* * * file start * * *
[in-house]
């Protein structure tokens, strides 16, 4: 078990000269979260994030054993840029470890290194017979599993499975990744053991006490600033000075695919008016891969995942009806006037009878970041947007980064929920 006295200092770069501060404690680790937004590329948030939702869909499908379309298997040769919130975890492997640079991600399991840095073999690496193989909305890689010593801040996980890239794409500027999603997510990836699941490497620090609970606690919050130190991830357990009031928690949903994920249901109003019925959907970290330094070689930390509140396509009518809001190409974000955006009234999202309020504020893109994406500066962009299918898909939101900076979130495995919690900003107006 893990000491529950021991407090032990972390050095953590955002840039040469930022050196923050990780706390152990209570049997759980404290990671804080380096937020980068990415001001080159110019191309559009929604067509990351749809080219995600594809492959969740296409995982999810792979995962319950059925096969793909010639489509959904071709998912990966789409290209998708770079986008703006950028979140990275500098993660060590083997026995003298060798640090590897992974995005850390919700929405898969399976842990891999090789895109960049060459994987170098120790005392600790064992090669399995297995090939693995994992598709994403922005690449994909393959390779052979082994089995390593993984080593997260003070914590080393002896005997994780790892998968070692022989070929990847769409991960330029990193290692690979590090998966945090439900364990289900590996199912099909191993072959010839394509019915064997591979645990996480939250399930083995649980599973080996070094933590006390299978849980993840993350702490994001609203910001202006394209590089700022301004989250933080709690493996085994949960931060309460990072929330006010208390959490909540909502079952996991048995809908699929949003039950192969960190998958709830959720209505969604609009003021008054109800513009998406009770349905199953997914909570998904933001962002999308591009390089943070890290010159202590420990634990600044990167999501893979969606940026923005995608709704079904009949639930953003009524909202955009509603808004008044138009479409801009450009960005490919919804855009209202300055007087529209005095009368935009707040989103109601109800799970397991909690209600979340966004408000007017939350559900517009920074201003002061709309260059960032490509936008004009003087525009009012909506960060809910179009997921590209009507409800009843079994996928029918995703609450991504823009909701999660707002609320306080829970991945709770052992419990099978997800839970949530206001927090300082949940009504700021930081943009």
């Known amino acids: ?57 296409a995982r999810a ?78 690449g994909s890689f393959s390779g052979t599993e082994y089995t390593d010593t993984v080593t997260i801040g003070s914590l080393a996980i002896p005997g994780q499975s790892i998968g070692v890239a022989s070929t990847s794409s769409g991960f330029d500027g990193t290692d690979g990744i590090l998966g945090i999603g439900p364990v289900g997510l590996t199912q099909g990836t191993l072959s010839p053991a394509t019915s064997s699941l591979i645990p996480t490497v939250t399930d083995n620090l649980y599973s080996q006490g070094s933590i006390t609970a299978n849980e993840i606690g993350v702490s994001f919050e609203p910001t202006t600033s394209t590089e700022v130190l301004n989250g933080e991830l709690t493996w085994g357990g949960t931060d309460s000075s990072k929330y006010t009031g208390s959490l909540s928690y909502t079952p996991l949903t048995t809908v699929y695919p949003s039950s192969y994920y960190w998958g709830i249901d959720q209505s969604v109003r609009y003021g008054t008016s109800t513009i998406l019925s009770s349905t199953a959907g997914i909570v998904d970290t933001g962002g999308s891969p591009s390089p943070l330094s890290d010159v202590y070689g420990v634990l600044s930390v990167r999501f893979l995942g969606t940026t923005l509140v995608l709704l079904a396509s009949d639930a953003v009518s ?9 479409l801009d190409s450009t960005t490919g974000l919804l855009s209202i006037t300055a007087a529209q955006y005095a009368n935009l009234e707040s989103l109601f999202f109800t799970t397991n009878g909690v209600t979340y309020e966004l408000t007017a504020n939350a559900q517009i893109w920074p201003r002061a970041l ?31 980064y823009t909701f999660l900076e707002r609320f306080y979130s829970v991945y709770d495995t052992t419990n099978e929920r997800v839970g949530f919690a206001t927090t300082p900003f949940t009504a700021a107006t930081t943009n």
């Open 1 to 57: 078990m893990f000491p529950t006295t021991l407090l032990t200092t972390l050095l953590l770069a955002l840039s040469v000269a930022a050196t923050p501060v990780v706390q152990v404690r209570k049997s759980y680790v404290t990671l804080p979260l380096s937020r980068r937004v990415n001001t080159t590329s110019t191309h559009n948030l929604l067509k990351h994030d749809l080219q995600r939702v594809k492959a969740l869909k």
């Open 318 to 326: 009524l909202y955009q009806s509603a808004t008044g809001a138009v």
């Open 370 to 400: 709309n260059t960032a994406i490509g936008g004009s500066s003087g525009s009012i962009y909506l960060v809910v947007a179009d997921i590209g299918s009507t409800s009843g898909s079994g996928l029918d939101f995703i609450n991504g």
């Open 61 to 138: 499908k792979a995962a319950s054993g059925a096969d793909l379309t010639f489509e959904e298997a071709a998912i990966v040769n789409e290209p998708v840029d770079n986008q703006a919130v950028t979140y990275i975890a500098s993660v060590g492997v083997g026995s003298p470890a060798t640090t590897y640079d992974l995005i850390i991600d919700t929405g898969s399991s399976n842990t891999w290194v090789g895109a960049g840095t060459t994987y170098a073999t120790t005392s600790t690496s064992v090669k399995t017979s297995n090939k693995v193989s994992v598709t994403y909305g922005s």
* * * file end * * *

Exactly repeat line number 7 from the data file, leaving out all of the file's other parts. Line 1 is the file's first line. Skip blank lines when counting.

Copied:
């Open 61 to 138: 499908k792979a995962a319950s054993g059925a096969d793909l379309t010639f489509e959904e298997a071709a998912i990966v040769n789409e290209p998708v840029d770079n986008q703006a919130v950028t979140y990275i975890a500098s993660v060590g492997v083997g026995s003298p470890a060798t640090t590897y640079d992974l995005i850390i991600d919700t929405g898969s399991s399976n842990t891999w290194v090789g895109a960049g840095t060459t994987y170098a073999t120790t005392s600790t690496s064992v090669k399995t017979s297995n090939k693995v193989s994992v598709t994403y909305g922005s």